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Matt Raible has been building web applications for most of his adult life. He started tinkering with the web before Netscape 1.0 was even released. For the last 16 years, Matt has helped companies adopt open source technologies (Spring, Hibernate, Apache, Struts, Tapestry, Grails) and use them effectively. Matt has been a speaker at many conferences worldwide, including Devoxx, Jfokus, ÜberConf, No Fluff Just Stuff, and a host of others.

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Developing with HTML5, CoffeeScript and Twitter's Bootstrap

10.21.2011
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This article is the fourth in a series about my adventures developing a Fitness Tracking application with HTML5, Play Scala, CoffeeScript and Jade. Previous articles can be found at:

  1. Integrating Scalate and Jade with Play 1.2.3
  2. Trying to make CoffeeScript work with Scalate and Play
  3. Integrating HTML5 Boilerplate with Scalate and Play

Developing Features
After getting my desired infrastructure setup, I started coding like a madman. The first feature I needed was a stopwatch to track the duration of a workout, so I started writing one with CoffeeScript. After spending 20 minutes playing with dates and setTimeout, I searched and found a stopwatch jQuery plug-in. I added this to my app, deployed it to Heroku, brought up the app on my iPhone 3G, clicked Start and started riding my bike to work.

When I arrived, I unlocked my phone and discovered that the time had stopped. At first, I thought this was a major setback. My disappointed disappeared when I found a Super Neat JavaScript Stopwatch and Kåre Byberg's version that worked just fine. This stopwatch used setTimeout, so by keeping the start time, the app on the phone would catch up as soon as you unlocked it. I ported Kåre's script to CoffeeScript and rejoiced in my working stopwatch.


# Created by Kåre Byberg © 21.01.2005. Please acknowledge if used 
# on other domains than http://www.timpelen.com.
# Ported to CoffeeScript by Matt Raible. Also added hours support.
flagClock = 0
flagStop = 0
stopTime = 0
refresh = null
clock = null

start = (button, display) ->
  clock = display
  startDate = new Date()
  startTime = startDate.getTime()
  if flagClock == 0
    $(button).html("Stop")
    flagClock = 1
    counter startTime, display
  else
    $(button).html("Start")
    flagClock = 0
    flagStop = 1

counter = (startTime) ->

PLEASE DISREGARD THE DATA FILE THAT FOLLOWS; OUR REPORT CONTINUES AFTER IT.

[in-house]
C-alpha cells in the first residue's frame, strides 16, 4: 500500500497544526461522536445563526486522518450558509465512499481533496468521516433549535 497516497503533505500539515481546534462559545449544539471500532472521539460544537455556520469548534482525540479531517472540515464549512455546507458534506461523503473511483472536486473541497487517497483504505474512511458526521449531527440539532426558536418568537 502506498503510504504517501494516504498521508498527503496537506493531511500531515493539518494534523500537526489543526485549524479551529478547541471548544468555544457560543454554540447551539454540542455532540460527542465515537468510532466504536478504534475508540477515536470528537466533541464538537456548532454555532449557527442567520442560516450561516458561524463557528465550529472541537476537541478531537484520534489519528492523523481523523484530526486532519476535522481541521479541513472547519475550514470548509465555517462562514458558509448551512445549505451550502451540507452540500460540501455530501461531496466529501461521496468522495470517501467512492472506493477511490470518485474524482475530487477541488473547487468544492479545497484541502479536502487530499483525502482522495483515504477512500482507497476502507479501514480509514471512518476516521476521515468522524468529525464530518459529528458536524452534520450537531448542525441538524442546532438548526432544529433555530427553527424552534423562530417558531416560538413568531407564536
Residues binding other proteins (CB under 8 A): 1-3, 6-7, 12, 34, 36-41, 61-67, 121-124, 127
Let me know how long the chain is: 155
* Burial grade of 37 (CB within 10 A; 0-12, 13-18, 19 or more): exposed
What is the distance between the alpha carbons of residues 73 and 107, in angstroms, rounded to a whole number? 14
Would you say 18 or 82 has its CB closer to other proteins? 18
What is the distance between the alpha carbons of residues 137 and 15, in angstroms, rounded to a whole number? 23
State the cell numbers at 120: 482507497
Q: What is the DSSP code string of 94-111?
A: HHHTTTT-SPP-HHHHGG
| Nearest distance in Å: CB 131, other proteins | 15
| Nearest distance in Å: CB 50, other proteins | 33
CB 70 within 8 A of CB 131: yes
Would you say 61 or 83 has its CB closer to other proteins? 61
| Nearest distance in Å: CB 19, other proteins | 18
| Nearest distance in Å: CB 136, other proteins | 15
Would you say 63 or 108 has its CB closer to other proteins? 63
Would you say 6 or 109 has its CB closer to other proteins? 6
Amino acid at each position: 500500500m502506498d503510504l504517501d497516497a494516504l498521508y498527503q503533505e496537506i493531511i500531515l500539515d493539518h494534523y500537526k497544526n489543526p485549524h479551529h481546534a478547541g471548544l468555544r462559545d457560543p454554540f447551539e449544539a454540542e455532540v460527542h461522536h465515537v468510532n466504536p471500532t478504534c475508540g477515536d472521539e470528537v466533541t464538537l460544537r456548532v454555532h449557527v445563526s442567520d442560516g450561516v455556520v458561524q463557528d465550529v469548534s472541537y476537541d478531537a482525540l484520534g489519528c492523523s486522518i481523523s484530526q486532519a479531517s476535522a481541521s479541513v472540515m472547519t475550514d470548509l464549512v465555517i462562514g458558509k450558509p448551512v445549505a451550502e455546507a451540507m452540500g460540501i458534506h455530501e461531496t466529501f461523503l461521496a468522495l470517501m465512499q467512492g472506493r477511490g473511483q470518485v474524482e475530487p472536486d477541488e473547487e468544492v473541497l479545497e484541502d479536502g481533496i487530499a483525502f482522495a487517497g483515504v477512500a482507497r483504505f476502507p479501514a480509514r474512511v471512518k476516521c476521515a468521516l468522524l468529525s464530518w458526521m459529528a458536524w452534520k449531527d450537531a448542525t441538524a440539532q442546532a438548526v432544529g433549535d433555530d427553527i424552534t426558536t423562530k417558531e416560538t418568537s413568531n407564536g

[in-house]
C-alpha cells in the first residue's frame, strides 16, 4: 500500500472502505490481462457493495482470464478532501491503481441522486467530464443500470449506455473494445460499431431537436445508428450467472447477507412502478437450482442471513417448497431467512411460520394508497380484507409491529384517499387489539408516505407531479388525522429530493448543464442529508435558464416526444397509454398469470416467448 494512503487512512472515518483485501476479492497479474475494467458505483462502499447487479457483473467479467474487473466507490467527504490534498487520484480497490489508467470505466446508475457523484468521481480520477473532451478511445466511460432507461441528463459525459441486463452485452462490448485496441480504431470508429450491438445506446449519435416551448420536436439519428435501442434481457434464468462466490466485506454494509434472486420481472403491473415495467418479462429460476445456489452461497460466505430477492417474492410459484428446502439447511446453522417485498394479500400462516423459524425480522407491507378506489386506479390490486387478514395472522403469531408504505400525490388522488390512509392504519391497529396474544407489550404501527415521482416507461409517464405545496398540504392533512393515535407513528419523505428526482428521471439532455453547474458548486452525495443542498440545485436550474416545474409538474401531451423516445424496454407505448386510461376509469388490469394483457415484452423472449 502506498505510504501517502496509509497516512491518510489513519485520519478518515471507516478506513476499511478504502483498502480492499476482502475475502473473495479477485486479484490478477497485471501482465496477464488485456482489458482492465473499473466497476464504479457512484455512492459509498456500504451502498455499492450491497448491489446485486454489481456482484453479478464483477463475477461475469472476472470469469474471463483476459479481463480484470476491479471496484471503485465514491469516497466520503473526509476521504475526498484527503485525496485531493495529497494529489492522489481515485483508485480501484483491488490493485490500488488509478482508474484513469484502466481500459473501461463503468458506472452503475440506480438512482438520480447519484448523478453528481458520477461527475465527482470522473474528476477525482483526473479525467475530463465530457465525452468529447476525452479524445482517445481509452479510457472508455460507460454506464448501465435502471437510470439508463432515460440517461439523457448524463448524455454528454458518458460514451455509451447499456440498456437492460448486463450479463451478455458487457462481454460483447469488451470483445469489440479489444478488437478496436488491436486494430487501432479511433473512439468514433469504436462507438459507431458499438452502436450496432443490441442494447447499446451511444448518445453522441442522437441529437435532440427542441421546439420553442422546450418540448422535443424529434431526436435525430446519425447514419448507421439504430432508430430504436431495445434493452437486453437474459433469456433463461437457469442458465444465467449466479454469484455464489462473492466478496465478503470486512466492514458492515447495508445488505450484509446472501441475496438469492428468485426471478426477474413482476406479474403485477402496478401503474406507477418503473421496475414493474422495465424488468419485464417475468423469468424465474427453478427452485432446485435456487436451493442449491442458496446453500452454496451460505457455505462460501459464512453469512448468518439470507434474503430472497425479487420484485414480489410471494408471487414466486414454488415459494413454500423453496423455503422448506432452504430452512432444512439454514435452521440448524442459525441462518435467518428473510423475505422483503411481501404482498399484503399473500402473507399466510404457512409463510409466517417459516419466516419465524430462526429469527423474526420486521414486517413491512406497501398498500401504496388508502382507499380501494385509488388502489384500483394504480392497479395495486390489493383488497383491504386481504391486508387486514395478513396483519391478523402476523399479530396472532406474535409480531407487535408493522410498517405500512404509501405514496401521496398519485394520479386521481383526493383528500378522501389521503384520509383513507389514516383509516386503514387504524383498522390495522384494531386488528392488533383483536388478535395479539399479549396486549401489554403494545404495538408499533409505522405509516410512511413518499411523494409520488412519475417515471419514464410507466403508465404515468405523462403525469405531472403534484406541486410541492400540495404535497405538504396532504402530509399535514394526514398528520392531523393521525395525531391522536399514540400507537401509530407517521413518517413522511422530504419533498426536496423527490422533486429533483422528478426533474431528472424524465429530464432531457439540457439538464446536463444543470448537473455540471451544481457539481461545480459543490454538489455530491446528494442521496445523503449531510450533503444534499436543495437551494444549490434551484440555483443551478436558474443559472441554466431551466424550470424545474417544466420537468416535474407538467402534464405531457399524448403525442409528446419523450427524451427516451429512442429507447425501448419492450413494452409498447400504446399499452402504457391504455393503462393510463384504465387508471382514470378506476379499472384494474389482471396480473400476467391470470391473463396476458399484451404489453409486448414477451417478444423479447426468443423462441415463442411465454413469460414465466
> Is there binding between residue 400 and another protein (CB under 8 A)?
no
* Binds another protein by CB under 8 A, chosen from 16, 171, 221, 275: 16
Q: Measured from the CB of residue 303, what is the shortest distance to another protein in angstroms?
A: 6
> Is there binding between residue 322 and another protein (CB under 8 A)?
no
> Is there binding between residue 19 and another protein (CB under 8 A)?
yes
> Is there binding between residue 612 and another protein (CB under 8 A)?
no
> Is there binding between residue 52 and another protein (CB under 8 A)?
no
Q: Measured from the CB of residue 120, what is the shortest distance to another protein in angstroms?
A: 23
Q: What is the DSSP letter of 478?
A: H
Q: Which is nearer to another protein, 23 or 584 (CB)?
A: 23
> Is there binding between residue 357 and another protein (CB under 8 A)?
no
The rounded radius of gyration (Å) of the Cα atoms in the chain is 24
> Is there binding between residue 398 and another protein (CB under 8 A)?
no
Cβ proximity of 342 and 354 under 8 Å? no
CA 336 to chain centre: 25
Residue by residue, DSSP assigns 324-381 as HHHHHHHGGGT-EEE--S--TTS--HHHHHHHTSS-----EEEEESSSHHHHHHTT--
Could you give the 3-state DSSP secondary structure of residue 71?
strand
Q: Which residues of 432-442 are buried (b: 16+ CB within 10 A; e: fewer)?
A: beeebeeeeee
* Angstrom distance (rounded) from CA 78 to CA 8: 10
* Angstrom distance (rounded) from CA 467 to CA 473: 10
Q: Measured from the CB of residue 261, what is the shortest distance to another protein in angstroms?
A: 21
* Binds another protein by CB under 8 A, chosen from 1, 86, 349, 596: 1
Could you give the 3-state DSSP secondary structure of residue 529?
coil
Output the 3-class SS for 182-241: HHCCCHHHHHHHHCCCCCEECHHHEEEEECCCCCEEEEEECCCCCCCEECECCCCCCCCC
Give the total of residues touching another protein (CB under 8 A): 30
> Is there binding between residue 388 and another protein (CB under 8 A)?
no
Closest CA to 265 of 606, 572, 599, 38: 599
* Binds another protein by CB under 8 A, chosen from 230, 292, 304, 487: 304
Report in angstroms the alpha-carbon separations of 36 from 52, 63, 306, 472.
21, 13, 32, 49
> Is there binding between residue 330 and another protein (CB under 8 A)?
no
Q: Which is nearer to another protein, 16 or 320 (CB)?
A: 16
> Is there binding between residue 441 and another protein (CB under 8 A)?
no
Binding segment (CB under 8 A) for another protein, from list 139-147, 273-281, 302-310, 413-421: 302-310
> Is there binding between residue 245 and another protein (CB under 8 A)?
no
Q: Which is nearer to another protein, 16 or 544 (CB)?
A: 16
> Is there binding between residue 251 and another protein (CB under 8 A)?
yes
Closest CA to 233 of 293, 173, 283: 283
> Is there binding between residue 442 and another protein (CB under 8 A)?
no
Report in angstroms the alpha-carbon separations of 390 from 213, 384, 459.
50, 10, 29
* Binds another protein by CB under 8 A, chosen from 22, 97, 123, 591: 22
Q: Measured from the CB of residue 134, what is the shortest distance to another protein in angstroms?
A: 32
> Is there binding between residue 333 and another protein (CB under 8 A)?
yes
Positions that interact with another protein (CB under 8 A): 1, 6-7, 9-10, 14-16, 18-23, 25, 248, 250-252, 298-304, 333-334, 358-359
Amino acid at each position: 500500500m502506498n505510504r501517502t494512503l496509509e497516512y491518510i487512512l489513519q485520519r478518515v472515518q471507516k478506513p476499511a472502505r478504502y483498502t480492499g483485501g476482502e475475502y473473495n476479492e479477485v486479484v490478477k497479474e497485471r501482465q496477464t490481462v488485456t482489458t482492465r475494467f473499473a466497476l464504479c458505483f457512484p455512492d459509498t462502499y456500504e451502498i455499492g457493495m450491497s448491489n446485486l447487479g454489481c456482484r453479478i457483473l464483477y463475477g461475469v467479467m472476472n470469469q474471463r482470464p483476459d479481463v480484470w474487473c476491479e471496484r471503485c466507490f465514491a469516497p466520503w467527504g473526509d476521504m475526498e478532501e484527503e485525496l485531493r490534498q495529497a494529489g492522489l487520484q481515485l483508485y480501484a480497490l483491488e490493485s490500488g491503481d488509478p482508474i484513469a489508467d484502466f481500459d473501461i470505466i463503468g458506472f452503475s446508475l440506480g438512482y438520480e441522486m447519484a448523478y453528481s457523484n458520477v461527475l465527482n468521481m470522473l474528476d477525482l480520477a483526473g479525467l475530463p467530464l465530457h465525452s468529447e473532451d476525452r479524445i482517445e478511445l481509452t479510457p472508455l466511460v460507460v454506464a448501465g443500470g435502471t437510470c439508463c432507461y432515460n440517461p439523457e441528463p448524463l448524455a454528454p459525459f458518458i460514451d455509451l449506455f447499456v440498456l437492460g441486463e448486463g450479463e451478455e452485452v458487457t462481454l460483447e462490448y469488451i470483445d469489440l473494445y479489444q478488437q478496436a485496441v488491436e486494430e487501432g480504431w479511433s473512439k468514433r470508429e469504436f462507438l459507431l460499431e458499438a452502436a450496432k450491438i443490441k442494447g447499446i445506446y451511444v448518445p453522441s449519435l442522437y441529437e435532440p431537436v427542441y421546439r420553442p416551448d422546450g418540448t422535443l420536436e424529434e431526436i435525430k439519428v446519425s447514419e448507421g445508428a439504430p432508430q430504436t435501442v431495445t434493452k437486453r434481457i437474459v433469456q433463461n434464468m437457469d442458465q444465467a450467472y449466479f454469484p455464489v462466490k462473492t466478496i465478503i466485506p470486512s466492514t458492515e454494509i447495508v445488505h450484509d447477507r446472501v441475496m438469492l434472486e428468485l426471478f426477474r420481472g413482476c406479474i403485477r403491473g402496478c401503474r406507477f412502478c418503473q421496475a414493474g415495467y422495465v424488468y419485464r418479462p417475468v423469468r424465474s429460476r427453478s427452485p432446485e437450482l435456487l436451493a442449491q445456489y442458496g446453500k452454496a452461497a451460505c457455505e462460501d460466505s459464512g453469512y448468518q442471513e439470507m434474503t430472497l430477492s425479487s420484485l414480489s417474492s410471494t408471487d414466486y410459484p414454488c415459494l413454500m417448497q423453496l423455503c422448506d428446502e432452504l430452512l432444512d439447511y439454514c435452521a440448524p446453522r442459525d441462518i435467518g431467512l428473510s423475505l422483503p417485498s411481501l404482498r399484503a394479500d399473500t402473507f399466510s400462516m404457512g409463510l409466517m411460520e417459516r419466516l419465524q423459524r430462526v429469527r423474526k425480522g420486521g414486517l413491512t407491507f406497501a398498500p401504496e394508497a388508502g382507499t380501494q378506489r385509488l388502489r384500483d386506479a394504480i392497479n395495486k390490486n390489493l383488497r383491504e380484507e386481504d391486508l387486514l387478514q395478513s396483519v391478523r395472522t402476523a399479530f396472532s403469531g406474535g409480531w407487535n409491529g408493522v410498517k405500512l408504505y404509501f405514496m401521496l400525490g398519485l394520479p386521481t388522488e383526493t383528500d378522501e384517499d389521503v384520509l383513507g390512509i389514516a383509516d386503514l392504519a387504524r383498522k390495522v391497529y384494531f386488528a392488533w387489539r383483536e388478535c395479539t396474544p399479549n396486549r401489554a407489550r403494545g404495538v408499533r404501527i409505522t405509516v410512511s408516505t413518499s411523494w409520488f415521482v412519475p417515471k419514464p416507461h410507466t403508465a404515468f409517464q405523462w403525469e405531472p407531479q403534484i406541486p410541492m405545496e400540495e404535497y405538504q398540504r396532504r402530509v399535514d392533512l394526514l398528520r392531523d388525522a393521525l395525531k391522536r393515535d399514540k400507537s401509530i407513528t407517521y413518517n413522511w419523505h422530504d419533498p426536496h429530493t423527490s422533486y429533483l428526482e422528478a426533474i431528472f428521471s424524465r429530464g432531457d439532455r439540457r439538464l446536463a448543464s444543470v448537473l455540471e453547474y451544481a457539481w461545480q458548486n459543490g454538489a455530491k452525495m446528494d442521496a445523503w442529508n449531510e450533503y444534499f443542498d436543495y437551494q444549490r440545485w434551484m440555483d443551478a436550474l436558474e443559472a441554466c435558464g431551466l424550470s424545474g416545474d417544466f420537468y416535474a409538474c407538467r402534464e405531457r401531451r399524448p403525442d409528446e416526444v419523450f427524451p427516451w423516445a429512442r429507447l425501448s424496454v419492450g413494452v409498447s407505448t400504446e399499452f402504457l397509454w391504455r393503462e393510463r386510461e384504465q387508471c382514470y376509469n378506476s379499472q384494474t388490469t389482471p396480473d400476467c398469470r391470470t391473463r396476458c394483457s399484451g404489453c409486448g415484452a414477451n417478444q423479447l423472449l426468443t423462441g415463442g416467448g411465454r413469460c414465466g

currentTime = new Date()
  timeDiff = currentTime.getTime() - startTime
  timeDiff = timeDiff + stopTime  if flagStop == 1
  if flagClock == 1
    $(clock).val formatTime timeDiff, ""
    callback = -> counter startTime
    refresh = setTimeout callback, 10
  else
    window.clearTimeout refresh
    stopTime = timeDiff

formatTime = (rawTime, roundType) ->
  if roundType == "round"
    ds = Math.round(rawTime / 100) + ""
  else
    ds = Math.floor(rawTime / 100) + ""
  sec = Math.floor(rawTime / 1000)
  min = Math.floor(rawTime / 60000)
  hour = Math.floor(rawTime / 3600000)
  ds = ds.charAt(ds.length - 1)
  start() if hour >= 24
  sec = sec - 60 * min + ""
  sec = prependZeroCheck sec
  min = min - 60 * hour + ""
  min = prependZeroCheck min
  hour = prependZeroCheck hour
  hour + ":" + min + ":" + sec + "." + ds

prependZeroCheck = (time) ->
  time = time + "" # convert from int to string
  unless time.charAt(time.length - 2) == ""
    time = time.charAt(time.length - 2) + time.charAt(time.length - 1)
  else
    time = 0 + time.charAt(time.length - 1)

reset = ->
  flagStop = 0
  stopTime = 0
  window.clearTimeout refresh
  if flagClock == 1
    resetDate = new Date()
    resetTime = resetDate.getTime()
    counter resetTime
  else
    $(clock).val "00:00:00.0"

@StopWatch = {
  start: start
  reset: reset
}

The Scalate/Jade template to render this stopwatch looks as follows:


script(type="text/javascript" src={uri("/public/javascripts/stopwatch.coffee")})

#display
  input(id="clock" class="xlarge" type="text" value="00:00:00.0" readonly="readonly")
#controls
  button(id="start" type="button" class="btn primary") Start
  button(id="reset" type="button" class="btn :disabled") Reset

:plain
  <script type="text/coffeescript">
    $(document).ready ->
      $('#start').click ->
        StopWatch.start this, $('#clock')

      $('#reset').click ->
        StopWatch.reset()
  </script>

Next, I wanted to create a map that would show your location. For this, I used Merge Design's HTML 5 Geolocation Demo as a guide. The HTML5 Geo API is pretty simple, containing only three methods:

// Gets the users current position
navigator.geolocation.getCurrentPosition(successCallback,
                                         errorCallback,
                                         options);
// Request repeated updates of position
watchId = navigator.geolocation.watchPosition(successCallback, errorCallback);

// Cancel the updates
navigator.geolocation.clearWatch(watchId);

After rewriting the geolocation example in CoffeeScript, I ended up with the following code in my map.coffee script. You'll notice it uses Google Maps JavaScript API to show an actual map with a marker.

# Geolocation with HTML 5 and Google Maps API based on example from maxheapsize: 
# http://maxheapsize.com/2009/04/11/getting-the-browsers-geolocation-with-html-5/
# This script is by Merge Database and Design, http://merged.ca/ -- if you use some, 
# all, or any of this code, please offer a return link.

map = null
mapCenter = null
geocoder = null
latlng = null
timeoutId = null

initialize = ->
  if Modernizr.geolocation
    navigator.geolocation.getCurrentPosition showMap

showMap = (position) ->
  latitude = position.coords.latitude
  longitude = position.coords.longitude
  mapOptions = {
    zoom: 15,
    mapTypeId: google.maps.MapTypeId.ROADMAP
  }
  map = new google.maps.Map(document.getElementById("map"), mapOptions)
  latlng = new google.maps.LatLng(latitude, longitude)
  map.setCenter(latlng)

  geocoder = new google.maps.Geocoder()
  geocoder.geocode({'latLng': latlng}, addAddressToMap)

addAddressToMap = (results, status) ->
  if (status == google.maps.GeocoderStatus.OK) 
    if (results[1]) 
      marker = new google.maps.Marker({
          position: latlng,
          map: map
      })
      $('#location').html('Your location: ' + results[0].formatted_address)
  else 
    alert "Sorry, we were unable to geocode that address."

start = ->
  timeoutId = setTimeout initialize, 500

reset = ->
  if (timeoutId)
    clearTimeout timeoutId

@Map = {
  start: start
  reset: reset
}

The template to show the map is a mere 20 lines of Jade:

script(type="text/javascript" src="http://www.google.com/jsapi")